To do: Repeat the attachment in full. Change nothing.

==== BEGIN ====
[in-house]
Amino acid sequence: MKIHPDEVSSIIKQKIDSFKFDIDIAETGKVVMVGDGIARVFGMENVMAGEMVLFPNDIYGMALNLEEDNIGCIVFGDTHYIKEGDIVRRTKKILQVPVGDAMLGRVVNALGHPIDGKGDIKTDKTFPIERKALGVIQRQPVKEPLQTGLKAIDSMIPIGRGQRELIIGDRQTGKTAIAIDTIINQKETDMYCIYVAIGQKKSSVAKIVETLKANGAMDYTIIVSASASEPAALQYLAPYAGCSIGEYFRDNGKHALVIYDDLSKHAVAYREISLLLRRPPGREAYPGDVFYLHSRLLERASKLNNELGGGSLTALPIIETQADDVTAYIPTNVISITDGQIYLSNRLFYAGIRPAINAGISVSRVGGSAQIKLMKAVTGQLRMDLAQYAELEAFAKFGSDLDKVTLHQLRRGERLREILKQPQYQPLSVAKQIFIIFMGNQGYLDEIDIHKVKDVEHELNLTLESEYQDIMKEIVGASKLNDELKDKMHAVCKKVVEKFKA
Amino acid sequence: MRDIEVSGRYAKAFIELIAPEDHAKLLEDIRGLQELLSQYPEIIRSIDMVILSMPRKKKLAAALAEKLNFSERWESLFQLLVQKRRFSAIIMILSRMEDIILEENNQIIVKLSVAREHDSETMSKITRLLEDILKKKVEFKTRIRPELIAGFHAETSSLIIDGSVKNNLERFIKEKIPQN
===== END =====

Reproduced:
[in-house]
Amino acid sequence: MKIHPDEVSSIIKQKIDSFKFDIDIAETGKVVMVGDGIARVFGMENVMAGEMVLFPNDIYGMALNLEEDNIGCIVFGDTHYIKEGDIVRRTKKILQVPVGDAMLGRVVNALGHPIDGKGDIKTDKTFPIERKALGVIQRQPVKEPLQTGLKAIDSMIPIGRGQRELIIGDRQTGKTAIAIDTIINQKETDMYCIYVAIGQKKSSVAKIVETLKANGAMDYTIIVSASASEPAALQYLAPYAGCSIGEYFRDNGKHALVIYDDLSKHAVAYREISLLLRRPPGREAYPGDVFYLHSRLLERASKLNNELGGGSLTALPIIETQADDVTAYIPTNVISITDGQIYLSNRLFYAGIRPAINAGISVSRVGGSAQIKLMKAVTGQLRMDLAQYAELEAFAKFGSDLDKVTLHQLRRGERLREILKQPQYQPLSVAKQIFIIFMGNQGYLDEIDIHKVKDVEHELNLTLESEYQDIMKEIVGASKLNDELKDKMHAVCKKVVEKFKA
Amino acid sequence: MRDIEVSGRYAKAFIELIAPEDHAKLLEDIRGLQELLSQYPEIIRSIDMVILSMPRKKKLAAALAEKLNFSERWESLFQLLVQKRRFSAIIMILSRMEDIILEENNQIIVKLSVAREHDSETMSKITRLLEDILKKKVEFKTRIRPELIAGFHAETSSLIIDGSVKNNLERFIKEKIPQN